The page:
Energy industry: Give us something solid

Utility execs see carbon restrictions as inevitable, want regulations 'soon rather than later;' seek stability in oil markets; questions linger over nuclear power.

By Steve Hargreaves, staff writer

NEW YORK ( -- Uncertainty over nuclear power, impending carbon regulation and the desire for predictability in the global oil market are some of the leading issues in the energy industry today, according to executives at some of the world's big energy companies.

At a luncheon Thursday on Wall Street, closed to reporters but opened for a recap and questions later, executives from companies including Royal Dutch Shell (Charts), Entergy (Charts), Duke Energy (Charts) and Saudi Aramco outlined what they saw as some of the major trends unfolding in the near future.

On restricting carbon emissions, some of the major utilities thought federal government restrictions are inevitable, and said clear rules would help them plan future capital projects.

"Our belief is that carbon control is coming," said Cathy Roche, a spokeswoman for Duke Energy, the North Carolina-based utility and one of the nation's largest."We want the rules written sooner rather than later, so we can budget our projects."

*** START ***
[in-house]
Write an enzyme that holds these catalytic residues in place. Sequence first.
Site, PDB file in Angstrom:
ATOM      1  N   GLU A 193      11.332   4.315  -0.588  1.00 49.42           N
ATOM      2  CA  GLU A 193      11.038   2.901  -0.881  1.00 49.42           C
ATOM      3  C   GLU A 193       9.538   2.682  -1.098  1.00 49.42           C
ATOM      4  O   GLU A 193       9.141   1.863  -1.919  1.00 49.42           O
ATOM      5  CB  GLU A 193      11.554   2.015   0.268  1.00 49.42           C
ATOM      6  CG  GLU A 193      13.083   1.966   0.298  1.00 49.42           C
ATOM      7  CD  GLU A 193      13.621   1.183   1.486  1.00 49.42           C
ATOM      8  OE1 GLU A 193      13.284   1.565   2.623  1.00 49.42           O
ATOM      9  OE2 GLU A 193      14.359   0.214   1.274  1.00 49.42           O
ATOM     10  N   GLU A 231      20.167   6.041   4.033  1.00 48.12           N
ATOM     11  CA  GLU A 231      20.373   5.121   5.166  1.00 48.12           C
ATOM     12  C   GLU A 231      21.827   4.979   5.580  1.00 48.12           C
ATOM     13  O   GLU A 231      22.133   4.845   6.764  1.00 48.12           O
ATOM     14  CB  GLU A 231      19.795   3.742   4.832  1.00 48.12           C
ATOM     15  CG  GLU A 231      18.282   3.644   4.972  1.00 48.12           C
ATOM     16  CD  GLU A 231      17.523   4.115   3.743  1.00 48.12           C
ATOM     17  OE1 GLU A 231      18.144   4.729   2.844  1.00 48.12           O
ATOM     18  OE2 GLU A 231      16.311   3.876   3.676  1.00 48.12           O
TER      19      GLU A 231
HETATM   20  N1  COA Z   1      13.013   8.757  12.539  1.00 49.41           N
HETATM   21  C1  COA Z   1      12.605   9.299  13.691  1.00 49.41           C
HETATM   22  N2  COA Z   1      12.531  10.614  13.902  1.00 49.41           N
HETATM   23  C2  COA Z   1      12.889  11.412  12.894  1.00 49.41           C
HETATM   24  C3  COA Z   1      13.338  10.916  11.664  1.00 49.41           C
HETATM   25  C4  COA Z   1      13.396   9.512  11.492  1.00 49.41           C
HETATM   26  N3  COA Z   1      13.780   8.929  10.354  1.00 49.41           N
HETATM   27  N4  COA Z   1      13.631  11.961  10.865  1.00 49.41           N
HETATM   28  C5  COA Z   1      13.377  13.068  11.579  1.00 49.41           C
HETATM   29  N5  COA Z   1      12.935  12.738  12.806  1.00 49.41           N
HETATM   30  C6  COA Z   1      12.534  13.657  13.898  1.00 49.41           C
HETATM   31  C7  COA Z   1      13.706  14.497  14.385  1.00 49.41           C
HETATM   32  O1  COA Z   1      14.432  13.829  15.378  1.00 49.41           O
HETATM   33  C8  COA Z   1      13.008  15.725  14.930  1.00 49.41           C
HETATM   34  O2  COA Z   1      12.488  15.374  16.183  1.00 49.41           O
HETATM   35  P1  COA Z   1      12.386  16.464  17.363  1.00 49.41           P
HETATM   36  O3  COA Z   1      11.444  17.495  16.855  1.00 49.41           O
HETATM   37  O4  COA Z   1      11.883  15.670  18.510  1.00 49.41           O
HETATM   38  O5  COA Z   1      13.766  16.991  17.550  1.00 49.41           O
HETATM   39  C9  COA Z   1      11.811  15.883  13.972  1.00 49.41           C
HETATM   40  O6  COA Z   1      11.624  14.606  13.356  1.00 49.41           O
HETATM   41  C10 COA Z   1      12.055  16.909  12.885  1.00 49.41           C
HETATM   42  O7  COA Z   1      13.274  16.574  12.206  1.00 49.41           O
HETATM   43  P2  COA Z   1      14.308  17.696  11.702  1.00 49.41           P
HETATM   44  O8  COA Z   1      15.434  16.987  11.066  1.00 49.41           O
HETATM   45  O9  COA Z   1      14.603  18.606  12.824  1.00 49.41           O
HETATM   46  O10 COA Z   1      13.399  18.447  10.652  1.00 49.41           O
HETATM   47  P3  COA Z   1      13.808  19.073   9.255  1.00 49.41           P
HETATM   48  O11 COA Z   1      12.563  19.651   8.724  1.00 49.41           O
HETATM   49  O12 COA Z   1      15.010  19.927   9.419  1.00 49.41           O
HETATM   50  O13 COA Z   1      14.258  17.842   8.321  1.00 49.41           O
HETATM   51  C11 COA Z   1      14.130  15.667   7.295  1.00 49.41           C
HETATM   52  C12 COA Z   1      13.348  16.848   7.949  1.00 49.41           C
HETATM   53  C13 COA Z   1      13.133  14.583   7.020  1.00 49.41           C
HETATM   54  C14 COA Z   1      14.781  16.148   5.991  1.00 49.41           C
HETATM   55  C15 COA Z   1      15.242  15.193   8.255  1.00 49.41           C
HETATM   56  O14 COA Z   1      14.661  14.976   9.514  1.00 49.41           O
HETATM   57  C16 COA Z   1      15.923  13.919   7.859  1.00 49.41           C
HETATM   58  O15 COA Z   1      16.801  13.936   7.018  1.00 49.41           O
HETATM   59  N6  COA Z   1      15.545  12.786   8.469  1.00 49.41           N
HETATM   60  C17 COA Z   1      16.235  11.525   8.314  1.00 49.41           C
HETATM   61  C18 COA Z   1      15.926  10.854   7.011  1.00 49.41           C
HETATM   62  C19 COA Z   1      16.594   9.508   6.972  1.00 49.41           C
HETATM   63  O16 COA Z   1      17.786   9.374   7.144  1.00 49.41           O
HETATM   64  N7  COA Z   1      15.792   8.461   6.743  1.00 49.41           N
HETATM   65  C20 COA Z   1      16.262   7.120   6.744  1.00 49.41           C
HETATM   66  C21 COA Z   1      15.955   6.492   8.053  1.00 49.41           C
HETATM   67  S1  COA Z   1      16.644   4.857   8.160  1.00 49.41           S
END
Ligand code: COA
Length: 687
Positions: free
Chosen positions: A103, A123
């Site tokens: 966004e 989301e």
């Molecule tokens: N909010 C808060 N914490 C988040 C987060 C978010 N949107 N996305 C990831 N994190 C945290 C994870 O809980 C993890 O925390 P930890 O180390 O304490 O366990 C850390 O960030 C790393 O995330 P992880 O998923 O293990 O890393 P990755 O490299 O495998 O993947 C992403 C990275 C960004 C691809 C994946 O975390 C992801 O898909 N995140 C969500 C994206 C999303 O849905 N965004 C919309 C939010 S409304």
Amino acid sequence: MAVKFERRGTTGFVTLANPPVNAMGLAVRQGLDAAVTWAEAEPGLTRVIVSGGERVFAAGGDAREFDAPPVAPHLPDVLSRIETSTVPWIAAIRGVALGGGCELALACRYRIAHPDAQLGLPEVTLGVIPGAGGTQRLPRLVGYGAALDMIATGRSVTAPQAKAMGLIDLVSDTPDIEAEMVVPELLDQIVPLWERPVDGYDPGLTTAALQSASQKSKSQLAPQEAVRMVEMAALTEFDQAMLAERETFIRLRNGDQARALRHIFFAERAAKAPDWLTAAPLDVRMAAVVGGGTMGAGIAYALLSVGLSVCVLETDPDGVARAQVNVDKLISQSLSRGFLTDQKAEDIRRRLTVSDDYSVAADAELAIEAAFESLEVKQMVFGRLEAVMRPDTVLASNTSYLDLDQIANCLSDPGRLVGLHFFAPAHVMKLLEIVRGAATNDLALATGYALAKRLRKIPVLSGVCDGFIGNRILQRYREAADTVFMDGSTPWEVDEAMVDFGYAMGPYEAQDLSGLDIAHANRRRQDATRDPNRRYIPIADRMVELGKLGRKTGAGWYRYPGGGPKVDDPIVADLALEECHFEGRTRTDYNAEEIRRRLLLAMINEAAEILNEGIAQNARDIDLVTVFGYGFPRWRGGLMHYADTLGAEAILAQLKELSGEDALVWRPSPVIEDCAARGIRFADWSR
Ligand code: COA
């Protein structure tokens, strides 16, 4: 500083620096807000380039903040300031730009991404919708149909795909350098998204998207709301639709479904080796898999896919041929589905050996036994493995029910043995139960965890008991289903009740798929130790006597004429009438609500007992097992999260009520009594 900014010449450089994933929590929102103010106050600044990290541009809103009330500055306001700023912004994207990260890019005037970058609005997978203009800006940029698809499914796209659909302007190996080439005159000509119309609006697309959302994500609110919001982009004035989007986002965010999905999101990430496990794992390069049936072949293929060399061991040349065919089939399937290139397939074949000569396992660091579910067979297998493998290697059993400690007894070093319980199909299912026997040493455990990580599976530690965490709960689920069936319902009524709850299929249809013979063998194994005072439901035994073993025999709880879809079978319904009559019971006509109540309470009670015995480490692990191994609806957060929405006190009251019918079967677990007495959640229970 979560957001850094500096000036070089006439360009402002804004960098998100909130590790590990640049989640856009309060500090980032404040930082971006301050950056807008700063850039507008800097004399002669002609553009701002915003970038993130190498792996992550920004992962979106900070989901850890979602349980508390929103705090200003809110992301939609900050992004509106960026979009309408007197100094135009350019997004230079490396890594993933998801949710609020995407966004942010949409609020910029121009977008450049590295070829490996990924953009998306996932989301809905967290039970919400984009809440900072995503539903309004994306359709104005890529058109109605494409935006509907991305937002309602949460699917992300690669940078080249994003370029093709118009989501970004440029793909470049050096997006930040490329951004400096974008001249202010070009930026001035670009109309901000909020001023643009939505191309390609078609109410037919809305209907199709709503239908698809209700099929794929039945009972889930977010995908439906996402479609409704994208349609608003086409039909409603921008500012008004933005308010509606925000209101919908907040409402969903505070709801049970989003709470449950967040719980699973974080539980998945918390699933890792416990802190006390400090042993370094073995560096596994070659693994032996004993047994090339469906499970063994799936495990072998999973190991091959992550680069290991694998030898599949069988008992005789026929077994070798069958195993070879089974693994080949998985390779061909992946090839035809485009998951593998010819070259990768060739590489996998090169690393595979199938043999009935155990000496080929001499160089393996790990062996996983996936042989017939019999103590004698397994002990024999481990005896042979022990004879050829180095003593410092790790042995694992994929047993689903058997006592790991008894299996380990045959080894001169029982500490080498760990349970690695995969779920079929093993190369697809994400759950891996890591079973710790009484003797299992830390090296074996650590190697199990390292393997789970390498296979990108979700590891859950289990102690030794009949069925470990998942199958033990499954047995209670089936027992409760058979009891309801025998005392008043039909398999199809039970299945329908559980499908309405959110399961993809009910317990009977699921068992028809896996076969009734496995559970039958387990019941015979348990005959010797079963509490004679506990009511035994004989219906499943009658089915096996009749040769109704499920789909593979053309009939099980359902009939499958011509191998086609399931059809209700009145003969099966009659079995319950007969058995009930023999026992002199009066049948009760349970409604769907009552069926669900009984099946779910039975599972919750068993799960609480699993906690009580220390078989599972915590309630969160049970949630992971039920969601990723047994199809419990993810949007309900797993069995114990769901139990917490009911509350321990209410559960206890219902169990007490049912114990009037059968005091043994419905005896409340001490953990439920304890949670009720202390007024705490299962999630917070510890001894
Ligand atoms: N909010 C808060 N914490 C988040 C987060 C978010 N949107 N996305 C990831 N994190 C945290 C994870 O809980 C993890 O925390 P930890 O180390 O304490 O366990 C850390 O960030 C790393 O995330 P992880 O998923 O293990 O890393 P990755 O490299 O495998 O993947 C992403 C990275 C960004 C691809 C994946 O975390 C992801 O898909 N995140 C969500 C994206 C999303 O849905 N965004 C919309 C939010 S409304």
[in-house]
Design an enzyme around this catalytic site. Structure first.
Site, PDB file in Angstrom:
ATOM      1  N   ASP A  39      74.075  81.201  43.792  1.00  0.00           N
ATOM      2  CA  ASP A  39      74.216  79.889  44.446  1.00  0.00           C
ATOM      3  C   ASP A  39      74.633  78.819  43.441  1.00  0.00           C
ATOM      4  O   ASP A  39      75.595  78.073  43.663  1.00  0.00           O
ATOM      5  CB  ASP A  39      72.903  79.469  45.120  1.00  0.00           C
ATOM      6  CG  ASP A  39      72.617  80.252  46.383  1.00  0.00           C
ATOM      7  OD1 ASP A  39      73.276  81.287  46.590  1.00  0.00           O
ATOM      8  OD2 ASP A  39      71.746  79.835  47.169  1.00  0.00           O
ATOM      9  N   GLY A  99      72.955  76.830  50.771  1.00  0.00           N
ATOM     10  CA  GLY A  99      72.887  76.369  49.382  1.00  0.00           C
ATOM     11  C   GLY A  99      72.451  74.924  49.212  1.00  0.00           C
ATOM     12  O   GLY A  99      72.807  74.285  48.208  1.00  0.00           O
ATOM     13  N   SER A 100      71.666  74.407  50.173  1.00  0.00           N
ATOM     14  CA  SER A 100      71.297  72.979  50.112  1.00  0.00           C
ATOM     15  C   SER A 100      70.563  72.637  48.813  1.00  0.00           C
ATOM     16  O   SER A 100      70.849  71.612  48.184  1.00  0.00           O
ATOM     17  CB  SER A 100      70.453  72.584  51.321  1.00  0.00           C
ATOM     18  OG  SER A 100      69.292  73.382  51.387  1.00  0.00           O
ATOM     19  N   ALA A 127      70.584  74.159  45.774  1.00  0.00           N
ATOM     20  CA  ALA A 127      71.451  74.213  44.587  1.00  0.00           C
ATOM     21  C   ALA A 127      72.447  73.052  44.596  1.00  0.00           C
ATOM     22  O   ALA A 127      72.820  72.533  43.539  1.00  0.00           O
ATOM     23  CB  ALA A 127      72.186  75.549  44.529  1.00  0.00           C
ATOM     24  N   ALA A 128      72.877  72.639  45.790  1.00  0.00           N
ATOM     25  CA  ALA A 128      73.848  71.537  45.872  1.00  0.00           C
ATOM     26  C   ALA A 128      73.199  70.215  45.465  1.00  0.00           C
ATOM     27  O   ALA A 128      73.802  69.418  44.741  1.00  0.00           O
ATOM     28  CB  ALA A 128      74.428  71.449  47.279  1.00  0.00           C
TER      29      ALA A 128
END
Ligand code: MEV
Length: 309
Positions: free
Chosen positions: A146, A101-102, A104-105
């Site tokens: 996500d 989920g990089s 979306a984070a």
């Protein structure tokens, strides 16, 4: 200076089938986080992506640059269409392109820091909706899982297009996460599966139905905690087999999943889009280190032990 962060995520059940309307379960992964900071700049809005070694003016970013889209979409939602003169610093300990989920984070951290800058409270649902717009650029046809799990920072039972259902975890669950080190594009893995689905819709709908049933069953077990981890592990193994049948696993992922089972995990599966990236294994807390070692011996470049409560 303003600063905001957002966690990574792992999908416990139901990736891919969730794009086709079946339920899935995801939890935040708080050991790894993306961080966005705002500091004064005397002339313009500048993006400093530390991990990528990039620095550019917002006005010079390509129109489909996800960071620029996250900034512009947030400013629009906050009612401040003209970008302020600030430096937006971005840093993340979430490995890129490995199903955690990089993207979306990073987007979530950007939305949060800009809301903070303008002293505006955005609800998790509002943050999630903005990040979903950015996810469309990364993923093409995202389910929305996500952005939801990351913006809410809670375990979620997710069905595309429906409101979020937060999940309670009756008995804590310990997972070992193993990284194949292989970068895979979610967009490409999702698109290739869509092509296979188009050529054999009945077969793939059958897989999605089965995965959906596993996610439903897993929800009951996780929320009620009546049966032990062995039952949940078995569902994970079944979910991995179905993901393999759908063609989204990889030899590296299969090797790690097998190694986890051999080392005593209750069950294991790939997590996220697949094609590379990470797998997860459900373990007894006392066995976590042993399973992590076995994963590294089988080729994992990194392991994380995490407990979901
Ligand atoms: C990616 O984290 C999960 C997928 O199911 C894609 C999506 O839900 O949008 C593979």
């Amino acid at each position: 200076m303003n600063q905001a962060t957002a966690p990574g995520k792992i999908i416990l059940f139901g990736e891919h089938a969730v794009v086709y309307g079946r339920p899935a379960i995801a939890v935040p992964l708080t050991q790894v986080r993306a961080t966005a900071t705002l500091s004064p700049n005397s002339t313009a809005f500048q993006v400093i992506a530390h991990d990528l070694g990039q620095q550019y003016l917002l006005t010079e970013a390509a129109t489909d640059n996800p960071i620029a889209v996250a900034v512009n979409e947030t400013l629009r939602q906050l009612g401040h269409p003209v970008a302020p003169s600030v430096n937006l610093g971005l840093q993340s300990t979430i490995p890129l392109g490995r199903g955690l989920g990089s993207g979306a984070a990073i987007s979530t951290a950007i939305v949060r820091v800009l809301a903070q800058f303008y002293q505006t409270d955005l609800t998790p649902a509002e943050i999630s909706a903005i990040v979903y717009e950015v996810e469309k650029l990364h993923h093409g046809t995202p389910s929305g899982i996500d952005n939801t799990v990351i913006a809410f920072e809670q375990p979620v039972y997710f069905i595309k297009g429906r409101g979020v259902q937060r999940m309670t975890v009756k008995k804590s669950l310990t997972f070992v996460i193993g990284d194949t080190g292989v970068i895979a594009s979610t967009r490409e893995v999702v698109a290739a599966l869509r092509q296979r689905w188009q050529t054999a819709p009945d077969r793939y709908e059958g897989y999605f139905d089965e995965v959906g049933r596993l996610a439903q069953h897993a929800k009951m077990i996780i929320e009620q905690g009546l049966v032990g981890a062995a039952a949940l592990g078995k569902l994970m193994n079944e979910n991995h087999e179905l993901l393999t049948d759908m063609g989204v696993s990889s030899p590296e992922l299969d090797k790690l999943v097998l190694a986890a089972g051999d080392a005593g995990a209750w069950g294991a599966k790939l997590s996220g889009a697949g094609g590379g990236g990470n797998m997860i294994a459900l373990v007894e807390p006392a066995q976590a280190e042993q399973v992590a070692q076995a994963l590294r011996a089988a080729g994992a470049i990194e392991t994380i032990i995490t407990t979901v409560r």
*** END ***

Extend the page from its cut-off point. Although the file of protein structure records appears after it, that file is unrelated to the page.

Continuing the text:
The Bush administration has resisted calls for mandatory carbon emission caps, relying instead on voluntary cuts. But several states, including a block in the Northeast and California, have gone around the federal government and implemented their own mandatory restrictions.

Carbon dioxide is one of the principle greenhouse gasses.

Certainty was also a theme when talking of nuclear power.

Like renewables, most participants thought nuclear power would play an important part in the world's future energy mix, which won't rely heavily on any one particular fuel or technology but will instead be a broad mix of things.

But some participants noted the big capital investment required to get a nuclear plant up and running, the long time frame involved, and questioned whether current government incentives to build nuclear plants would exist 30 years down the road, when they would still be needed.

Yearning for predictability extended beyond the actions of the U.S. government.

Saudi Arabia was held up as a model example.

John Roberts, an energy security specialist with Platts, the provider of energy information that sponsored the event, said the kingdom pledged $53 billion to expand its oil infrastructure.

"They are putting their money where their mouth is," said Roberts. "They say they are increasing capacity, and there is no reason to think they won't. With other countries, it's much less clear."

Roberts named Mexico, Venezuela, Brazil and Russia as countries where proper infrastructure investment and/or stable government actions were an issue.

"It's not a question of if you're going to get it," he said. 'It's a question of if you're going to get it predictably."


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